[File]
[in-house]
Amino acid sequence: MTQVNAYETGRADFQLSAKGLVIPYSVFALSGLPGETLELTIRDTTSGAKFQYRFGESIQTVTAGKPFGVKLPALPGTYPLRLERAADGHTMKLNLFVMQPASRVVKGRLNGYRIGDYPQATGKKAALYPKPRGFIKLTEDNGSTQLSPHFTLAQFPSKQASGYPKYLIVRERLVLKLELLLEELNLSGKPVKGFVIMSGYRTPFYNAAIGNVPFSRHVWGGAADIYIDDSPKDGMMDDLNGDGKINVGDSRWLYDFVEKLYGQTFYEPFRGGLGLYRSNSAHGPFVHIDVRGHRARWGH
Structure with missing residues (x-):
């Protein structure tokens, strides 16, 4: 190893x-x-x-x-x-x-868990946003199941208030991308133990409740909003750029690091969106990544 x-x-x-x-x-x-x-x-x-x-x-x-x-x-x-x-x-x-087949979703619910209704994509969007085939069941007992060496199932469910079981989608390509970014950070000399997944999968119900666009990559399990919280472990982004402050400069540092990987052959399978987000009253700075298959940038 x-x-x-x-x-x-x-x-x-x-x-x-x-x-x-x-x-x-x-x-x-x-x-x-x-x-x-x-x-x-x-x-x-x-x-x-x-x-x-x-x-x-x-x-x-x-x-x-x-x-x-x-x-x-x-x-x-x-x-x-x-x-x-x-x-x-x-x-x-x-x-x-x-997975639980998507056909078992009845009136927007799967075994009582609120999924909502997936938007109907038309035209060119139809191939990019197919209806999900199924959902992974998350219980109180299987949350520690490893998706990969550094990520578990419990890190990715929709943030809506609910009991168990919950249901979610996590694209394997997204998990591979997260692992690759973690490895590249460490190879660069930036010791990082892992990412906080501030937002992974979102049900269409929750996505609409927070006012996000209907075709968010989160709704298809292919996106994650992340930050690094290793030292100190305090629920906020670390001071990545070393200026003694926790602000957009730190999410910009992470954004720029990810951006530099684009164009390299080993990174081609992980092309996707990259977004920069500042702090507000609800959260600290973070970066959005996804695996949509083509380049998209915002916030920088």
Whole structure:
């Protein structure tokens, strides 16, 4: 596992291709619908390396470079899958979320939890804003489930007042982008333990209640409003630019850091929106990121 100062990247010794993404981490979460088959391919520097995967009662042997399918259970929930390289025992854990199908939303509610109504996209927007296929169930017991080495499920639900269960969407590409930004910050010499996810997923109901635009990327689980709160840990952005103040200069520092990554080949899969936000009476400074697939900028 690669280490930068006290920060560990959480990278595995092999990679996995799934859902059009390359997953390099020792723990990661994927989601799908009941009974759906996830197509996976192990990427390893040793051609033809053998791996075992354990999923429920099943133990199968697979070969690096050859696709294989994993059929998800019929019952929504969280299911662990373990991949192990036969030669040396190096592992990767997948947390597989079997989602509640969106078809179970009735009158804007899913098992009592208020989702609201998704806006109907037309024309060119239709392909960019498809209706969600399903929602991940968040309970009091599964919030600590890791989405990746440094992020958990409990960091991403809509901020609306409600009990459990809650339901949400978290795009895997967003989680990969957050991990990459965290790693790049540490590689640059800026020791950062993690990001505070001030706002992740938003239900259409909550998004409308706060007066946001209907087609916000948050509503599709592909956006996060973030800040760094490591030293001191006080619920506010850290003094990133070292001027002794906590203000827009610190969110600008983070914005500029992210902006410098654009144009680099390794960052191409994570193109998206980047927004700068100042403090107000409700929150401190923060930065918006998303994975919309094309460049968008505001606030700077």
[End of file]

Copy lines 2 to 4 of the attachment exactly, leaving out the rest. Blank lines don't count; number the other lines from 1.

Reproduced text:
Amino acid sequence: MTQVNAYETGRADFQLSAKGLVIPYSVFALSGLPGETLELTIRDTTSGAKFQYRFGESIQTVTAGKPFGVKLPALPGTYPLRLERAADGHTMKLNLFVMQPASRVVKGRLNGYRIGDYPQATGKKAALYPKPRGFIKLTEDNGSTQLSPHFTLAQFPSKQASGYPKYLIVRERLVLKLELLLEELNLSGKPVKGFVIMSGYRTPFYNAAIGNVPFSRHVWGGAADIYIDDSPKDGMMDDLNGDGKINVGDSRWLYDFVEKLYGQTFYEPFRGGLGLYRSNSAHGPFVHIDVRGHRARWGH
Structure with missing residues (x-):
């Protein structure tokens, strides 16, 4: 190893x-x-x-x-x-x-868990946003199941208030991308133990409740909003750029690091969106990544 x-x-x-x-x-x-x-x-x-x-x-x-x-x-x-x-x-x-087949979703619910209704994509969007085939069941007992060496199932469910079981989608390509970014950070000399997944999968119900666009990559399990919280472990982004402050400069540092990987052959399978987000009253700075298959940038 x-x-x-x-x-x-x-x-x-x-x-x-x-x-x-x-x-x-x-x-x-x-x-x-x-x-x-x-x-x-x-x-x-x-x-x-x-x-x-x-x-x-x-x-x-x-x-x-x-x-x-x-x-x-x-x-x-x-x-x-x-x-x-x-x-x-x-x-x-x-x-x-x-997975639980998507056909078992009845009136927007799967075994009582609120999924909502997936938007109907038309035209060119139809191939990019197919209806999900199924959902992974998350219980109180299987949350520690490893998706990969550094990520578990419990890190990715929709943030809506609910009991168990919950249901979610996590694209394997997204998990591979997260692992690759973690490895590249460490190879660069930036010791990082892992990412906080501030937002992974979102049900269409929750996505609409927070006012996000209907075709968010989160709704298809292919996106994650992340930050690094290793030292100190305090629920906020670390001071990545070393200026003694926790602000957009730190999410910009992470954004720029990810951006530099684009164009390299080993990174081609992980092309996707990259977004920069500042702090507000609800959260600290973070970066959005996804695996949509083509380049998209915002916030920088």